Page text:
While we happily refer to these olympic medals as gold, silver and bronze, is this chemically accurate?
"Bronze medals" are often made of bronze, an alloy of copper and tin.
At the 2012 London Olympic Games, the bronze medals are made up of a mixture of 97% copper, 2.5% zinc and 0.5% tin. This composition is actually much closer to the composition of brass which is the term used to refer to an alloy of copper and zinc.
"Silver medals" contain at least 92.5% silver. The silver medals awarded in the 2012 Olympic Games were composed of 92.5% silver and 7.5% copper.
"Gold medals" must also contain at least 92.5% silver, but they are plated with at least 6g of gold so they look like "gold" medals. The 2012 Olympic gold medals are made up of 92.5% silver, 6.16% copper and 1.34% gold.
Moles-Number of Particle Calculations
Suggested Study Questions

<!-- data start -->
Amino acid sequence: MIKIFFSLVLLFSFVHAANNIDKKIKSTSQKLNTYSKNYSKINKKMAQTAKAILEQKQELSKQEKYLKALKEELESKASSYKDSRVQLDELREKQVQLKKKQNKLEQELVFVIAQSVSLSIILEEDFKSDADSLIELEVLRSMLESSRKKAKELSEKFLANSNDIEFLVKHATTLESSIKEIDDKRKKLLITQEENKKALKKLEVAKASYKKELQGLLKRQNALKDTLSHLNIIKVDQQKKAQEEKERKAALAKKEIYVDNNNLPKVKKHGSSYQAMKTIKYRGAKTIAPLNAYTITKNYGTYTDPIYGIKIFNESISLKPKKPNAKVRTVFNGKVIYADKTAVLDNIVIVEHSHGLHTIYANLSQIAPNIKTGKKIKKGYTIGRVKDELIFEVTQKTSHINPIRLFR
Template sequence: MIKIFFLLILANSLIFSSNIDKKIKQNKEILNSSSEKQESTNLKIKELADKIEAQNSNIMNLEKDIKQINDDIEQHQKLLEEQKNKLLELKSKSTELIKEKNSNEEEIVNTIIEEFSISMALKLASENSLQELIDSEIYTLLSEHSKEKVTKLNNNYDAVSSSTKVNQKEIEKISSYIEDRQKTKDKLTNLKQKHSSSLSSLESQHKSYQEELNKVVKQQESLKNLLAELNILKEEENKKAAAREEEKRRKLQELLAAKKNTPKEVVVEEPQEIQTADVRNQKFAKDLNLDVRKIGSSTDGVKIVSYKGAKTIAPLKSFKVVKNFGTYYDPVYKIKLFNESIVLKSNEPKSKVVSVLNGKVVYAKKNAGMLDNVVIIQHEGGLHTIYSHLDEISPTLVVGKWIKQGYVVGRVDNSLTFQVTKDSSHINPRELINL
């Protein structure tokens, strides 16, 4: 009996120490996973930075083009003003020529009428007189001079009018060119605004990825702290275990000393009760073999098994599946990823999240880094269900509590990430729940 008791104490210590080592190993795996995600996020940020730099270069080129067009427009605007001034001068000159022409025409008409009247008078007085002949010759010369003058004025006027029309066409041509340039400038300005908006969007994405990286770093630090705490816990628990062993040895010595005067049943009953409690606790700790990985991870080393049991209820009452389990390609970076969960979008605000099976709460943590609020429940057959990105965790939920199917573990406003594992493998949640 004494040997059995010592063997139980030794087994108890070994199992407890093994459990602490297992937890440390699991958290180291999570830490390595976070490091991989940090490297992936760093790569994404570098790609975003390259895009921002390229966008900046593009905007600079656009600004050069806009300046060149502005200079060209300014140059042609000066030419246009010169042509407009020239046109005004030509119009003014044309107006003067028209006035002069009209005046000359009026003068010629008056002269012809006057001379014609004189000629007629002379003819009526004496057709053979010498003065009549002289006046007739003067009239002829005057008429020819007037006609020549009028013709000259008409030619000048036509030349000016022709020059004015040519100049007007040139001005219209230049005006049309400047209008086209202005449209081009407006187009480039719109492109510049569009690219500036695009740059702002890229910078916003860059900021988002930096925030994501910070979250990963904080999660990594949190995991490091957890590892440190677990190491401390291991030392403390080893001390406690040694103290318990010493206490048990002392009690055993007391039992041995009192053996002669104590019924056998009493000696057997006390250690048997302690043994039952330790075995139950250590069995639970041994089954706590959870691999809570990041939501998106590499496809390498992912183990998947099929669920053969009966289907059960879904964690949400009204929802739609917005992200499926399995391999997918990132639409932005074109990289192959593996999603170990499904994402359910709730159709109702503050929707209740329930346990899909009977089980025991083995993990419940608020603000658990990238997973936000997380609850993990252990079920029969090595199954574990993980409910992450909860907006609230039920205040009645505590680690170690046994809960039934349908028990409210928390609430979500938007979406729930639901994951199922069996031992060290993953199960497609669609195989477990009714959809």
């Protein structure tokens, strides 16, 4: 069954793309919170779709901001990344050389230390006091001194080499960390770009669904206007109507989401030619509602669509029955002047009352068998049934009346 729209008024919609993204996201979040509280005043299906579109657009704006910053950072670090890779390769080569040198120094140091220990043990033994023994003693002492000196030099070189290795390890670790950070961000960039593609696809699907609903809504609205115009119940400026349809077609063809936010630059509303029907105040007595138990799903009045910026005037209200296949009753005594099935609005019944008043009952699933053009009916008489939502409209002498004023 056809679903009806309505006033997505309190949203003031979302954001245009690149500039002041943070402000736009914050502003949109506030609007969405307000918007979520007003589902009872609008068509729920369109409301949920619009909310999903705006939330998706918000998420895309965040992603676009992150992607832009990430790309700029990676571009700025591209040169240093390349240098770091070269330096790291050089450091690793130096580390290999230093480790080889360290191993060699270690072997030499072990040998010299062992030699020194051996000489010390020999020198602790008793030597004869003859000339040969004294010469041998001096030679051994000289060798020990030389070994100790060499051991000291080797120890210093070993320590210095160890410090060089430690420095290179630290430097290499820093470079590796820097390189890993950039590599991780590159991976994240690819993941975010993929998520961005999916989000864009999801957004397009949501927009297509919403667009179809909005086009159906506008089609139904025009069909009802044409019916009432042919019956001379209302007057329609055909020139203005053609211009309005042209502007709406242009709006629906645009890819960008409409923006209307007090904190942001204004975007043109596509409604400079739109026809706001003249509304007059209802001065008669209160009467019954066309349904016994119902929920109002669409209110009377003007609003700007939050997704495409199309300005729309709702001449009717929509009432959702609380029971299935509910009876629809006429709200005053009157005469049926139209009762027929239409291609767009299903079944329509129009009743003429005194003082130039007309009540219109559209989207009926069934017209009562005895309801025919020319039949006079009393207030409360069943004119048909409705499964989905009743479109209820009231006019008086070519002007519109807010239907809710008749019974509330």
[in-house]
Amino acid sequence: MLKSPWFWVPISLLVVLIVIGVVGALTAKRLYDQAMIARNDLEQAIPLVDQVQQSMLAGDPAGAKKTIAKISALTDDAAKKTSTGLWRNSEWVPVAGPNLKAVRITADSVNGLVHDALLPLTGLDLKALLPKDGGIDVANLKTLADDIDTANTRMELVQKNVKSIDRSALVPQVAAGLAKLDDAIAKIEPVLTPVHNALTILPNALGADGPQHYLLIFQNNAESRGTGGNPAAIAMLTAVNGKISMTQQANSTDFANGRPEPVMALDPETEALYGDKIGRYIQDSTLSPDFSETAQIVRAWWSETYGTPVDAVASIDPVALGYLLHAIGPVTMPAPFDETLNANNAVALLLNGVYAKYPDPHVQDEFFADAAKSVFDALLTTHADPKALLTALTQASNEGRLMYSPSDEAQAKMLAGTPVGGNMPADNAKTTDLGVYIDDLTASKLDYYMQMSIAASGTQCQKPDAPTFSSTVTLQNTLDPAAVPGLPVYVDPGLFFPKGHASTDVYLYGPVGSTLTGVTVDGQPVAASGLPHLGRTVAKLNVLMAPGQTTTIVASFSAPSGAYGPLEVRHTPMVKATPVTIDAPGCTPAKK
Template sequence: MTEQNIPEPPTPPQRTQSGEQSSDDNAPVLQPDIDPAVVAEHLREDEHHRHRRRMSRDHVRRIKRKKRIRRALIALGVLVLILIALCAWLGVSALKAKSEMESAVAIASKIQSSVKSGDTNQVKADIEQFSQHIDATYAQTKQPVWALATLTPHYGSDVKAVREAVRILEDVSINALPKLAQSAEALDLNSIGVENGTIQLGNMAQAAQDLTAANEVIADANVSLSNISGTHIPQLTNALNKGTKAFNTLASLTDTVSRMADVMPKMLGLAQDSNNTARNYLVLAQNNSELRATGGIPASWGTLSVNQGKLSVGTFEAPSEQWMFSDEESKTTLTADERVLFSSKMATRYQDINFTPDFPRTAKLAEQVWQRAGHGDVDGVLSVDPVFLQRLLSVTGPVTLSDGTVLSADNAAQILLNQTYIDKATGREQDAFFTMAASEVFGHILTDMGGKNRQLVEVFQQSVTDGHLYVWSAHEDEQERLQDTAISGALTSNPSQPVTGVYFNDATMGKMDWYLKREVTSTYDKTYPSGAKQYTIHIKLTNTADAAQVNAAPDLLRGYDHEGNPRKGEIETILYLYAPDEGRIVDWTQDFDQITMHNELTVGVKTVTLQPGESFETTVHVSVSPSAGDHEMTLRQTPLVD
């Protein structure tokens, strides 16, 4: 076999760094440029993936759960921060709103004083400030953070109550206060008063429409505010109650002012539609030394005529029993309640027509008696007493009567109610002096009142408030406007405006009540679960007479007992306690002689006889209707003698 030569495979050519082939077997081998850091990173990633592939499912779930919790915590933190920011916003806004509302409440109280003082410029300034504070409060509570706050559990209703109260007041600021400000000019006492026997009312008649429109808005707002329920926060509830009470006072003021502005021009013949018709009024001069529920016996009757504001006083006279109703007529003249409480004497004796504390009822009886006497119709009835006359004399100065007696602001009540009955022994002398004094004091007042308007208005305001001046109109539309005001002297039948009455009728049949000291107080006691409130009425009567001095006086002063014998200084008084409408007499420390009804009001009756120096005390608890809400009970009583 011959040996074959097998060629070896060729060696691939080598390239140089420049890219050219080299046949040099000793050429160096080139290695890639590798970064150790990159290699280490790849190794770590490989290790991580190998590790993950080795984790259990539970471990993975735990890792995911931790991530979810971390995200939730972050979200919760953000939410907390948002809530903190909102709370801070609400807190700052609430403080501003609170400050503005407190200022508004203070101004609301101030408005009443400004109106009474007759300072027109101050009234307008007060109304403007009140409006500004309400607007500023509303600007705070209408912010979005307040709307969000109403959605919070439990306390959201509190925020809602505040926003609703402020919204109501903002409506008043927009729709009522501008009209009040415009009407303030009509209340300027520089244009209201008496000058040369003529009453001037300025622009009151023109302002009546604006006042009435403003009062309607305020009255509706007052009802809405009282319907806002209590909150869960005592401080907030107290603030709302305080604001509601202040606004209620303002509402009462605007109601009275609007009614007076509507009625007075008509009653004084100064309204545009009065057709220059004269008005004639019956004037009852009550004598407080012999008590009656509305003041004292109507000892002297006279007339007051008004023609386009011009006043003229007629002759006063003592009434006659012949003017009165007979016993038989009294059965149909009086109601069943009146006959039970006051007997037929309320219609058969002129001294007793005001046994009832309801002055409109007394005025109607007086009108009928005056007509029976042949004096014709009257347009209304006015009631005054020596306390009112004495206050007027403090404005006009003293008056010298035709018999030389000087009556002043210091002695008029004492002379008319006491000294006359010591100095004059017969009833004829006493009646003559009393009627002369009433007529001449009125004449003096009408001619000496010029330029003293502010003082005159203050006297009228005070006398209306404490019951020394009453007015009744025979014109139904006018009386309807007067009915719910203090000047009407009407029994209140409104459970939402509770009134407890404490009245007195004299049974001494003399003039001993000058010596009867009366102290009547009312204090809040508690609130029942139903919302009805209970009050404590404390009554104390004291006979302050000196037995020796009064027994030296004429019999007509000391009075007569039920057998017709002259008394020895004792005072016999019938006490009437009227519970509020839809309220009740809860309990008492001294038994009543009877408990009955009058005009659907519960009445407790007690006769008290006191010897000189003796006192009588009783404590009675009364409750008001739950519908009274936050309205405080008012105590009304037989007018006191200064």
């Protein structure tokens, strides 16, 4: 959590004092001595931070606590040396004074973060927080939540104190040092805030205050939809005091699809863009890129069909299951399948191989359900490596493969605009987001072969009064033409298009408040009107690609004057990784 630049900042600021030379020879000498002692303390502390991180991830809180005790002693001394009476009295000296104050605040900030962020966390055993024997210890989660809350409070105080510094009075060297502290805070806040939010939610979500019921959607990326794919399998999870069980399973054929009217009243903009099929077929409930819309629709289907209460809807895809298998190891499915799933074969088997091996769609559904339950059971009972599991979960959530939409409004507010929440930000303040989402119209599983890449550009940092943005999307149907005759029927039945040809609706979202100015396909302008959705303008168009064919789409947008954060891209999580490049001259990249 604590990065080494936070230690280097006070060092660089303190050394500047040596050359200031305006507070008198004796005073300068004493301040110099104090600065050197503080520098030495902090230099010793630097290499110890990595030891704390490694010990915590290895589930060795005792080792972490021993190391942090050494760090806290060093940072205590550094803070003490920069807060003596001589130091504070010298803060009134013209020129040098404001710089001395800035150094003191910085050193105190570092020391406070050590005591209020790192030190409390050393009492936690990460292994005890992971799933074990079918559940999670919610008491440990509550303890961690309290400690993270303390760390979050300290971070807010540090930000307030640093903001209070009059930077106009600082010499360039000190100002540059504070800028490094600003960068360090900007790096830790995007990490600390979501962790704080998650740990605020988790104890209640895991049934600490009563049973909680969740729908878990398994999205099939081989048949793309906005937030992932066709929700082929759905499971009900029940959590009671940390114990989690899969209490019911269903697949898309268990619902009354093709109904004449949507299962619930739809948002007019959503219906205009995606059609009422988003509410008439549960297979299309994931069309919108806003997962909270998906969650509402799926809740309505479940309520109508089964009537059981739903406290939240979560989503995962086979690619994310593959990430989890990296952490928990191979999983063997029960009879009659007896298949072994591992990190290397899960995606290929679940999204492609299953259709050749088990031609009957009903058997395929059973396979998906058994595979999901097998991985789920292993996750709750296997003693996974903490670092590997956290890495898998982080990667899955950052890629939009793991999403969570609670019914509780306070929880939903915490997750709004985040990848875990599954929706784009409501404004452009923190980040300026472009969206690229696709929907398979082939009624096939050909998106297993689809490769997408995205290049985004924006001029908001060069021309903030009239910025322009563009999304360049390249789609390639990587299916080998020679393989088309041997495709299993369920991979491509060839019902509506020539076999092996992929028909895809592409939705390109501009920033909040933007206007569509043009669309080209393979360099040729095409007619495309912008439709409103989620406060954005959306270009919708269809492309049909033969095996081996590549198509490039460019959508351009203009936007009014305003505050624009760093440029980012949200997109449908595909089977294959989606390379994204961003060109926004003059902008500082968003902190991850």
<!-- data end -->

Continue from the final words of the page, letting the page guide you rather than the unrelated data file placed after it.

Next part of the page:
- Give the chemical symbol for each of the following elements:
- Explain why chemists refer to bronze and brass as alloys.
- Calculate the mass of each element present in the bronze olympic medals awarded in 2012.
- Calculate the mole of each element present.
- For the 2012 Olympic gold medal, calculate the mass of silver present.
- Calculate the number of silver atoms present in a 2012 olympic gold medal.
- Calculate the mass of gold present in a 2012 olympic gold medal.
- Calculate the volume of an olympic medal and use this to calculate the density of an olympic medal.
- Calculate the surface area of a 2012 Olympic gold medal.
- Assuming the 2012 gold medal is coated evenly with gold, what thickness is the layer of gold?